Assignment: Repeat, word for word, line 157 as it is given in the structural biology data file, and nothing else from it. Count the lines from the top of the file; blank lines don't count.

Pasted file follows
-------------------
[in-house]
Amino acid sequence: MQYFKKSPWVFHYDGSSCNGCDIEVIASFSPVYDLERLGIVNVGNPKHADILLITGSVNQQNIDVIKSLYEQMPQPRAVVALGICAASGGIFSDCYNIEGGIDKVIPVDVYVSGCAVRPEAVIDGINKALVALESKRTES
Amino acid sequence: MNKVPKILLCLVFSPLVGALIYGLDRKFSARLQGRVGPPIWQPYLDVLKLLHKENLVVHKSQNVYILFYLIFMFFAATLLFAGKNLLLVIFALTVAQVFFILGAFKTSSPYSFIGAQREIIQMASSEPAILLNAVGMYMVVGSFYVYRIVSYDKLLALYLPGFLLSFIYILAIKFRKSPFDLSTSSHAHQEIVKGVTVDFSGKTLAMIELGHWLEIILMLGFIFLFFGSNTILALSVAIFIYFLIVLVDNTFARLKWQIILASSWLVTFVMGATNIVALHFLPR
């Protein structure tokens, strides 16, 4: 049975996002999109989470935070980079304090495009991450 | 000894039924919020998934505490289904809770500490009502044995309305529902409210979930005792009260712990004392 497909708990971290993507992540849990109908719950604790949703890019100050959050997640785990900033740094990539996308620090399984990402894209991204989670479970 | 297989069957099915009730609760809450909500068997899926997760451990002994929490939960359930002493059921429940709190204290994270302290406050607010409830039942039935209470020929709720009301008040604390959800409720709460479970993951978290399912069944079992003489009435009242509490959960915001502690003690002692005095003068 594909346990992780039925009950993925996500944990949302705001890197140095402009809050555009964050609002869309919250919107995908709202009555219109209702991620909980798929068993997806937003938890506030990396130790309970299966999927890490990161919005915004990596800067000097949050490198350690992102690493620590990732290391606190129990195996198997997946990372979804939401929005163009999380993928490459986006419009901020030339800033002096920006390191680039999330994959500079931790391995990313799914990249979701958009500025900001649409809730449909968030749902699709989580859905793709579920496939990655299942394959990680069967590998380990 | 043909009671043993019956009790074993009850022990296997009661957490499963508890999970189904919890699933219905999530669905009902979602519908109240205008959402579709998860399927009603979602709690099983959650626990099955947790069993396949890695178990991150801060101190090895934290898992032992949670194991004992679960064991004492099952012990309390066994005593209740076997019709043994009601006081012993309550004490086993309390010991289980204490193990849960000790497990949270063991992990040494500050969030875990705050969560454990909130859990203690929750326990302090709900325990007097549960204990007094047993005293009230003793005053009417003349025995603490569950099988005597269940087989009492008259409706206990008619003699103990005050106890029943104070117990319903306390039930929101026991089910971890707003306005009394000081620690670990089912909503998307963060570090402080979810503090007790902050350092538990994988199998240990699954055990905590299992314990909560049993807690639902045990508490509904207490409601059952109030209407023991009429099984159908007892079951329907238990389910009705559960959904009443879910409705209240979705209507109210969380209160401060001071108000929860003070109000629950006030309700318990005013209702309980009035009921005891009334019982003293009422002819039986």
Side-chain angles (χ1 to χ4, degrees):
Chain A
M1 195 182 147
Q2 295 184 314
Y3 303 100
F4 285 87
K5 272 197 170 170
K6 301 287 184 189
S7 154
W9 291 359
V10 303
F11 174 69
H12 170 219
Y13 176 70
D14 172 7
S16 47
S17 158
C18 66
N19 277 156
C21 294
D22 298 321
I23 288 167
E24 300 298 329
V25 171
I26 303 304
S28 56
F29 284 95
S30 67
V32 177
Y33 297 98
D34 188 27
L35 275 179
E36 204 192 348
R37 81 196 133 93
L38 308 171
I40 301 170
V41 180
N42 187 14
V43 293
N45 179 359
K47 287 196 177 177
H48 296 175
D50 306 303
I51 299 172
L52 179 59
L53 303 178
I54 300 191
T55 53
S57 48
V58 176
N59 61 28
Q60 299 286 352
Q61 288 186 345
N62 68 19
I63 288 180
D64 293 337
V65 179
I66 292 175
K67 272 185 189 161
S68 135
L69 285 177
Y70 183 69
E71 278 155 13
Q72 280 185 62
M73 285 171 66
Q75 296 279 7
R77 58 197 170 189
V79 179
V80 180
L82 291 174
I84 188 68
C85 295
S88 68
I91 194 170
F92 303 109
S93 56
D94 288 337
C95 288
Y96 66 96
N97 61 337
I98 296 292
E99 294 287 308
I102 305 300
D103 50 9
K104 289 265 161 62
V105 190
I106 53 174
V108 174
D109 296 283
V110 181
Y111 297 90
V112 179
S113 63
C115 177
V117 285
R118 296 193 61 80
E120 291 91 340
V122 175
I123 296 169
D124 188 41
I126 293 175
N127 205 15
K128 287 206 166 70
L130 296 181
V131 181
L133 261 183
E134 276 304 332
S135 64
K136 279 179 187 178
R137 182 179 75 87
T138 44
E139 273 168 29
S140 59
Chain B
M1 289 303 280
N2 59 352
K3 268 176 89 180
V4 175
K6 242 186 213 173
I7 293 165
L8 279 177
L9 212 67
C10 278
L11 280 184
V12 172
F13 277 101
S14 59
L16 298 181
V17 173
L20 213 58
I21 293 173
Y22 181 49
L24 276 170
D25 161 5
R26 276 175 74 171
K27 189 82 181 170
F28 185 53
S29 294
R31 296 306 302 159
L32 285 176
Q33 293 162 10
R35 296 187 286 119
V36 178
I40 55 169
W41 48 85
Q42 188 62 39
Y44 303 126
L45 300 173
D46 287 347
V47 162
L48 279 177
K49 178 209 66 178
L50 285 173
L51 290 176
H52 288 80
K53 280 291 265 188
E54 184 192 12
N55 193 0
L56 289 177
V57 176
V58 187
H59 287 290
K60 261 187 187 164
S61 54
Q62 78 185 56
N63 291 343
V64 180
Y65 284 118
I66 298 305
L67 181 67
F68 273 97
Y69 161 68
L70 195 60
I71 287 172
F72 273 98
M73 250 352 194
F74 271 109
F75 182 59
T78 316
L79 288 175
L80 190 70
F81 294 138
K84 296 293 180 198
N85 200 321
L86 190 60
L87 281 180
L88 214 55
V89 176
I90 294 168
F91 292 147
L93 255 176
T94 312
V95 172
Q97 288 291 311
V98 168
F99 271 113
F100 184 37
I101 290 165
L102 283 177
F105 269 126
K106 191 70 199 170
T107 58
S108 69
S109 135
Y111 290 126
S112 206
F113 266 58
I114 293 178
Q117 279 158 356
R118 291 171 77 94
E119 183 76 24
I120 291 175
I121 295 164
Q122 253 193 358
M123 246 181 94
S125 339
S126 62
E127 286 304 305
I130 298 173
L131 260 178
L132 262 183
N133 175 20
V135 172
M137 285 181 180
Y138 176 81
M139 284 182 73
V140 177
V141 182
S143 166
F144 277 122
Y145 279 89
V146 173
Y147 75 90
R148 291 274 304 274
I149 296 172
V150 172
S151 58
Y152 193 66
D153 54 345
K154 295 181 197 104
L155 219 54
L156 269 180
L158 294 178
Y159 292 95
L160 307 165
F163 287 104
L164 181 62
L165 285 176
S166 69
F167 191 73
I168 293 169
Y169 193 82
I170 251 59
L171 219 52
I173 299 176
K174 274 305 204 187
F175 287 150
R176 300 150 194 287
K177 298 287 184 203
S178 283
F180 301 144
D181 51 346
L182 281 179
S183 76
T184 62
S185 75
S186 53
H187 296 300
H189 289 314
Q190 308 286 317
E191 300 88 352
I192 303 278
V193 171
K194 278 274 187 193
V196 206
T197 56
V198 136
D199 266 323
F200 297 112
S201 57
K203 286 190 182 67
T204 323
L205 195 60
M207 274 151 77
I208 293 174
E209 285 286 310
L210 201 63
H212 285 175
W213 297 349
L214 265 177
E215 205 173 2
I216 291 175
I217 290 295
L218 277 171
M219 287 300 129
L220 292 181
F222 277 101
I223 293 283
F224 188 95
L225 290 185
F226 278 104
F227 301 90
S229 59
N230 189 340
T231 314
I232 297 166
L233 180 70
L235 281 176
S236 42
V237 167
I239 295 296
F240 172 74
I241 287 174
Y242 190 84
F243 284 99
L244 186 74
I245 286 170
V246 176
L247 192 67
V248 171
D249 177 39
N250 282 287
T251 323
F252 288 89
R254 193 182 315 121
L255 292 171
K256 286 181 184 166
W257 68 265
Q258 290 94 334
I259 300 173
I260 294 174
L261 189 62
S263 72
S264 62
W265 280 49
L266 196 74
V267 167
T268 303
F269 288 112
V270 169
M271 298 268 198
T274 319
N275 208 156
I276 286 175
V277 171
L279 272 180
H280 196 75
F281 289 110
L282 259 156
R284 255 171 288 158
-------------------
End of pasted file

L50 285 173